Dwarf Holly Bonsai Care Guide
Hollies fall under the genus Ilex, which encompasses roughly 400 species of evergreen shrubs native to areas all over the world including Asia, Russia, and North America. There are several dwarf and compact varieties useful for bonsai, including Ilex crenata 'Mariesii', Ilex cornuta 'Rotunda', and Ilex glabra 'Compacta'.
Holly has a rich history culminating in the modern automatic association with Christmas. This tradition actually originated with British druids who believed that the vibrant green plant was not only sacred, but could repel evil spirits from their homes. This compelled them to use it for decorative purposes, in the hopes of earning woodland spirits' favor. The attractive looks and interesting history have earned hollies much popularity with enthusiasts new and experienced.
Holly is known for its glossy, leathery green foliage with serrated leaves. On the smaller varieties such as dwarf hollies the leaves may only grow to one or two inches. Some dwarfs produce the signature tiny white flowers along with showy red and shiny berries, while others, like I. crenata produce small, shiny, black berries.
The trunk is usually a grayish-brown that becomes smooth and thin as the tree matures.
Hollies need protection from frost to avoid root damage, as well as shelter from cold winds. Dwarf Holly can be an indoor plant provided plenty of light is offered (a south-facing window works best for natural sunlight) but really prefers to be outdoors. Ilex can tolerate shade but keep in mind that the more light your plant receives, the smaller the leaves tend to be and the more dense the foliage will become.
Dwarf Holly likes a good amount of water and should not be allowed to completely dry out. Watering properly is especially important during the heat of summer, as well as in spring right before fruit production. Continue adding water until it drips out of the drainage holes in the pot. Watering may be reduced in wintertime.
This species appreciates regular misting of the foliage.
Fertilizing should be undertaken in the spring, in order to fuel the new growth that is rapidly occurring. Feed the holly every two weeks throughout the growing season with either a balanced bonsai fertilizer or a regular, organic fertilizer diluted to half strength.
Styles – Dwarf Holly takes well to many shapes, due to its dense foliage and branch structure. Particularly suitable styles include slanting, cascade, semi-cascade, informal upright, formal upright, root-over-rock, clump, twin trunk, and saikei.
Pruning should be done in early spring. New shoots that reside in undesirable places may be trimmed back to one or two nodes from the trunk. Clip and grow may be used to shape and maintain the structure of the tree.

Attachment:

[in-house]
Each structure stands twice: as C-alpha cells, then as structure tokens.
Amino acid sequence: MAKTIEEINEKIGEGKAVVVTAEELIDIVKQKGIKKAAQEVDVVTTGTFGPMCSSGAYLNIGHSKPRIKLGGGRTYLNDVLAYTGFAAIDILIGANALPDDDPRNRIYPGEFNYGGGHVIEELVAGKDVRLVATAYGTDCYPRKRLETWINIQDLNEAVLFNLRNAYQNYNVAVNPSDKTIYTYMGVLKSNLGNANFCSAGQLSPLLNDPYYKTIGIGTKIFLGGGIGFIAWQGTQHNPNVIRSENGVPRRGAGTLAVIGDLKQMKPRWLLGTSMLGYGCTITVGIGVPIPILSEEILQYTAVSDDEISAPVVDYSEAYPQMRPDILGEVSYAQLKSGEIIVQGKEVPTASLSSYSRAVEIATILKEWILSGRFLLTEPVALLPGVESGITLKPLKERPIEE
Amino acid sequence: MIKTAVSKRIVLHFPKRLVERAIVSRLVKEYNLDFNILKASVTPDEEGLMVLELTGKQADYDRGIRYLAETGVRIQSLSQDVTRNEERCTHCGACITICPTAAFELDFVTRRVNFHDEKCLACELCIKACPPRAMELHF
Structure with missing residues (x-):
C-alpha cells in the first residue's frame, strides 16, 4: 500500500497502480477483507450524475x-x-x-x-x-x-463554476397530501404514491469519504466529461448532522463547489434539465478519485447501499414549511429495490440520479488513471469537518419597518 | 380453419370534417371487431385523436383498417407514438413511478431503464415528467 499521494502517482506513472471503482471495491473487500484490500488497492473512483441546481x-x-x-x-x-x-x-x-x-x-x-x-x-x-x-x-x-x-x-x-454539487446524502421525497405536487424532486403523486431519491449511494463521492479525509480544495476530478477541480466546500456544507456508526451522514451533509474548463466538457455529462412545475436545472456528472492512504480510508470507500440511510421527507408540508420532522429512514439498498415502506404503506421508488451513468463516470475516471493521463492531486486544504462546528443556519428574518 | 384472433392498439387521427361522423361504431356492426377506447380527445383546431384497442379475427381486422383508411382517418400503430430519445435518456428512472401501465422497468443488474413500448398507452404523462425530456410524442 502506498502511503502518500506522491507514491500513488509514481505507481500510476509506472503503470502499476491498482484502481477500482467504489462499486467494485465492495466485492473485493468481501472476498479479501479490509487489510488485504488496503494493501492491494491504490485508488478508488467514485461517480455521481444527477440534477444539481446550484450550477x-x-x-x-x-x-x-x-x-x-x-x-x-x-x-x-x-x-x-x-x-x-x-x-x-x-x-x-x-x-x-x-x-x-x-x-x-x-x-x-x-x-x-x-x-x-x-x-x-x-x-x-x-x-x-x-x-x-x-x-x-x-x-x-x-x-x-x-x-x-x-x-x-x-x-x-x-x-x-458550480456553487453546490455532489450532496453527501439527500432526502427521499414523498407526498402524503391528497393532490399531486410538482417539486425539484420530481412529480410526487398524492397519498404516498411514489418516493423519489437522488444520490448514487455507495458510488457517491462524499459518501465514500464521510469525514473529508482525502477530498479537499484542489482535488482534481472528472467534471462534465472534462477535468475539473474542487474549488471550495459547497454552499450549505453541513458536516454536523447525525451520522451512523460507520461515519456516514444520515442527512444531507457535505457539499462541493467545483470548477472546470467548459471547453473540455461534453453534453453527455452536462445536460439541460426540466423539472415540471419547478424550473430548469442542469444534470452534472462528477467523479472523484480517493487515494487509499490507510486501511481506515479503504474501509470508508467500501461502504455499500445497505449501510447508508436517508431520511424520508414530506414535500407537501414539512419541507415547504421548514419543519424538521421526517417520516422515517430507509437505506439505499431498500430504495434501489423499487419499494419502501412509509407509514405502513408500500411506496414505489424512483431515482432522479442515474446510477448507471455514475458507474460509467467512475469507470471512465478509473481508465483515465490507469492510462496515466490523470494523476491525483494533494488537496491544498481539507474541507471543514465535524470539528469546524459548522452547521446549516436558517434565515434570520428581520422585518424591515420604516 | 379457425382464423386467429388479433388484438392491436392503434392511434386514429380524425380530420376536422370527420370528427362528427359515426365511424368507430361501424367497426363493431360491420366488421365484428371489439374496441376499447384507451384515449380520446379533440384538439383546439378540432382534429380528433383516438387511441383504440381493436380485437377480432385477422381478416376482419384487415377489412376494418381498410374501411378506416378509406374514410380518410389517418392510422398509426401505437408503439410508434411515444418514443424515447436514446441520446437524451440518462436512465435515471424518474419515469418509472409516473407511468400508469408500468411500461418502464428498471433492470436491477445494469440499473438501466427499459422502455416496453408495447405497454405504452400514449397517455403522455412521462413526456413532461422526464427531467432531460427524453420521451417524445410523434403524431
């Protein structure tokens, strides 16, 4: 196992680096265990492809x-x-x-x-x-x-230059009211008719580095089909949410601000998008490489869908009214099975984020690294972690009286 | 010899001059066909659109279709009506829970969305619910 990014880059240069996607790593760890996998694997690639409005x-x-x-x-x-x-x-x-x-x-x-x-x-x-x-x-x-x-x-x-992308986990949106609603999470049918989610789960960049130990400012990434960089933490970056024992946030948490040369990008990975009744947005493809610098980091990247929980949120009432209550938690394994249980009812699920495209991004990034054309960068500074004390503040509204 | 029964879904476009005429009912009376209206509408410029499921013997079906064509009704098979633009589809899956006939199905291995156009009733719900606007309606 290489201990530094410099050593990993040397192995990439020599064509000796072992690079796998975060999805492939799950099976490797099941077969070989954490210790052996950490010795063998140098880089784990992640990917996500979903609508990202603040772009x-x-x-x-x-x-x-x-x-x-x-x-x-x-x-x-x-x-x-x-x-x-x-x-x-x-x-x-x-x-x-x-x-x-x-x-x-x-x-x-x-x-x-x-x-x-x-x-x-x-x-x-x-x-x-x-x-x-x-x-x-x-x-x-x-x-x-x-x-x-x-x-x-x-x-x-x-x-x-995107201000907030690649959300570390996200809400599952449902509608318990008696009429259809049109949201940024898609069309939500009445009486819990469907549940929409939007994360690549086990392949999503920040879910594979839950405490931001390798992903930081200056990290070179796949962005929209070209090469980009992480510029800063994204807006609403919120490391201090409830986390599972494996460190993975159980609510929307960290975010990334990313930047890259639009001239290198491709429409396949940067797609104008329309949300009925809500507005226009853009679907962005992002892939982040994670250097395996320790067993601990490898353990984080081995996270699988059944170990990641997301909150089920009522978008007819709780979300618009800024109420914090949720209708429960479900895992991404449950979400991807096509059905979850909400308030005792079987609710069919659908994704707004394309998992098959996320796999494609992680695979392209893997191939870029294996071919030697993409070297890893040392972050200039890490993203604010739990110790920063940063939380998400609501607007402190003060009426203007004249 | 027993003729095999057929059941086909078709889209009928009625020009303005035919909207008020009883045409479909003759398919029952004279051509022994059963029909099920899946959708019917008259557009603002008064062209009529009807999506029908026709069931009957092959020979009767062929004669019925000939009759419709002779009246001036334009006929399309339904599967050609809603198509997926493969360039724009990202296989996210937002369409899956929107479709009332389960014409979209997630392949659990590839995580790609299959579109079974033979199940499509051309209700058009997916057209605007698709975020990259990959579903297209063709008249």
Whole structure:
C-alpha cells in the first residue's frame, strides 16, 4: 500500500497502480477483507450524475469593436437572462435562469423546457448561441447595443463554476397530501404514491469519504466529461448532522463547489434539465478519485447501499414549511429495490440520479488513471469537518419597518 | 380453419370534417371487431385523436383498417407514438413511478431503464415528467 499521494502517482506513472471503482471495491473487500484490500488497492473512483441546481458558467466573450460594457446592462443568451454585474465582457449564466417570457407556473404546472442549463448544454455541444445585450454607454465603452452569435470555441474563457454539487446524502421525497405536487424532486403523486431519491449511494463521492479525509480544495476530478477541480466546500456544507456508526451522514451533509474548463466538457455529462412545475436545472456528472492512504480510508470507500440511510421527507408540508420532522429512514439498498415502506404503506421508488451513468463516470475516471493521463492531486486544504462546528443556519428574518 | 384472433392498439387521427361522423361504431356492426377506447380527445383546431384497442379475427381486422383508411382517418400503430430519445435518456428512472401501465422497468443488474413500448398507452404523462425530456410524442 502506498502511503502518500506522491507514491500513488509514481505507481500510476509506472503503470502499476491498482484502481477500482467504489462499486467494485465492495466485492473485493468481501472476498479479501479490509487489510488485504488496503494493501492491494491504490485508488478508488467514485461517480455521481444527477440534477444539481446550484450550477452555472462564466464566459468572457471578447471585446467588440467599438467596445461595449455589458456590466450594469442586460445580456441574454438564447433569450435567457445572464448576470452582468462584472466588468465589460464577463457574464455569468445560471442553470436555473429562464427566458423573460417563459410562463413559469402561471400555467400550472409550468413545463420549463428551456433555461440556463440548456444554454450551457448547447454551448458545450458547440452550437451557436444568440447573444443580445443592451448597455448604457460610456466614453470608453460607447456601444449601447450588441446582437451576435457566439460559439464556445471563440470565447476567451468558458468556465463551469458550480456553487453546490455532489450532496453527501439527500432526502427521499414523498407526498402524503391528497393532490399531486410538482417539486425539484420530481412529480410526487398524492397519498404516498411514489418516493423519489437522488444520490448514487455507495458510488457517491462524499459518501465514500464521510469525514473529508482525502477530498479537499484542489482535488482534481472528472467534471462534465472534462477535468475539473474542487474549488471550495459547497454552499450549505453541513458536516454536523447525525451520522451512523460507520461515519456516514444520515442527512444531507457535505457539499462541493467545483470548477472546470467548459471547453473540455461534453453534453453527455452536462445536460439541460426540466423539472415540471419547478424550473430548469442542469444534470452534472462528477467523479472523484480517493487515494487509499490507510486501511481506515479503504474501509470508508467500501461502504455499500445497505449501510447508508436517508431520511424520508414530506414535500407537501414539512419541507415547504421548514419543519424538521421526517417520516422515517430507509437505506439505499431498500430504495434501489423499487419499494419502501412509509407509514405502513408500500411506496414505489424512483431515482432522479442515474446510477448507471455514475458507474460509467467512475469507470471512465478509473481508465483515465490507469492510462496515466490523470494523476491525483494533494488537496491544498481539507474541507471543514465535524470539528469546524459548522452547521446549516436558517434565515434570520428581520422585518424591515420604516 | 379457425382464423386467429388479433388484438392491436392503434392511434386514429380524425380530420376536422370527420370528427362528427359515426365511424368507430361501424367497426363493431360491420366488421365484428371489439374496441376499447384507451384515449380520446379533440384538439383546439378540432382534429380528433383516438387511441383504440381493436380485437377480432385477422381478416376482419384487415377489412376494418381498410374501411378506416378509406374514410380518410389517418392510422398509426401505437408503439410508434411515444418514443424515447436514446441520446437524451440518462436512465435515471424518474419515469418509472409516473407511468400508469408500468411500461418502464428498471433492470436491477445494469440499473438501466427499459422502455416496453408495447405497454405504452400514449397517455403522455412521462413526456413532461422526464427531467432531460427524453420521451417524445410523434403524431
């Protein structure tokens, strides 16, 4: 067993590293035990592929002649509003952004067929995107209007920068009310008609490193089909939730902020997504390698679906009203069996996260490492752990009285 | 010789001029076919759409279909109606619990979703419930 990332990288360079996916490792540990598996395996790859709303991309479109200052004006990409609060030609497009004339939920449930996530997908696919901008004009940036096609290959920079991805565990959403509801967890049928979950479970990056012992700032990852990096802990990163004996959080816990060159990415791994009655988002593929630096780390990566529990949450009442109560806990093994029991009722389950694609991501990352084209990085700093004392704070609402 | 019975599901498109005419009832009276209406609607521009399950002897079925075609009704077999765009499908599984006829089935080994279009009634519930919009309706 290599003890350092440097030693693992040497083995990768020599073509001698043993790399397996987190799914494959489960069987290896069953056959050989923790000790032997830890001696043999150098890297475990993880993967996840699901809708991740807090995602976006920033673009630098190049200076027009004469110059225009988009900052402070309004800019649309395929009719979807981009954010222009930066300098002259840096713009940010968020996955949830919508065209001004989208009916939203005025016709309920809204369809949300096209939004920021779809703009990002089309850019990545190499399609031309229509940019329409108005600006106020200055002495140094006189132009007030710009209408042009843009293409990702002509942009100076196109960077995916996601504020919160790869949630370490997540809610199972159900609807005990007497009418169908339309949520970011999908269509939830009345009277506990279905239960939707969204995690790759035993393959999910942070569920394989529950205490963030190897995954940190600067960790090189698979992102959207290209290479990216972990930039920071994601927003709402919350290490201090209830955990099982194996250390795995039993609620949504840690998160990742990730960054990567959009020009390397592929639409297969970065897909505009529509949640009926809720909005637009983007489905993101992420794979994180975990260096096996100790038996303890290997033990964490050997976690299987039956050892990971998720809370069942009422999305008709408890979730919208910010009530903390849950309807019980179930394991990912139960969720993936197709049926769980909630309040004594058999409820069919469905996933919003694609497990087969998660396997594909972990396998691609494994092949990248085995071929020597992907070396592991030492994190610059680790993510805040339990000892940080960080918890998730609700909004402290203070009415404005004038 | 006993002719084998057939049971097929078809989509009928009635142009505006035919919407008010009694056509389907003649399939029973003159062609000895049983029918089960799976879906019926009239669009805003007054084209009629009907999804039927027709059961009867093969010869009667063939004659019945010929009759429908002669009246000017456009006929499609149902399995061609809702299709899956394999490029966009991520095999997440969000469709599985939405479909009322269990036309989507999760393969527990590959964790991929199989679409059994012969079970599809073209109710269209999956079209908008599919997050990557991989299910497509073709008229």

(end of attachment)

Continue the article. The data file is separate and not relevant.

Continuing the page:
Wiring is possible but it should be done carefully, with raffia used to protect the bark from damage. Wiring may be done between spring and autumn.
Deciduous hollies may be propagated by way of cuttings, seeds, and air layering. Evergreens will be most successfully propagated by cuttings. Seed germination will require cold stratification and if successful, sprouting could take three years.
Softwood cuttings from the current year's growth will root fairly easily when taken in late summer or early fall. Rooting hormone is beneficial. Place treated cuttings in moist soil and keep in the shade until the root system develops.
This can be carried out approximately every other year, ideally in the early spring. Prune the roots, removing any damaged, mushy, or discolored parts, being careful to stick to removing no more than about one fourth of the root mass. Ilex should be transplanted into a well-draining, organic matter rich bonsai soil mixture.
Insects/Pests & Diseases
Dwarf Holly may be weakened by the production of too much fruit, which stresses the tree and can cause health problems. The amount of fruit the tree is permitted to produce should be limited.
Scale, aphids, mites, or leaf miners are potential enemies of this bonsai. Remove scale manually with the tip of a sharp implement, then treat the tree with insecticide to kill the eggs.
For aphids, which appear as small, light green clusters on the leaves, or spider mites, which appear as nearly microscopic red pinpoints, spray the plant with a mixture of dish liquid and warm water, then rinse with clear water.
Many pest and disease issues in bonsai are a direct result of poor health caused by improper watering, feeding, or lack of sunlight. Taking good, quality care of your plant from the start will go a long way toward minimizing future problems.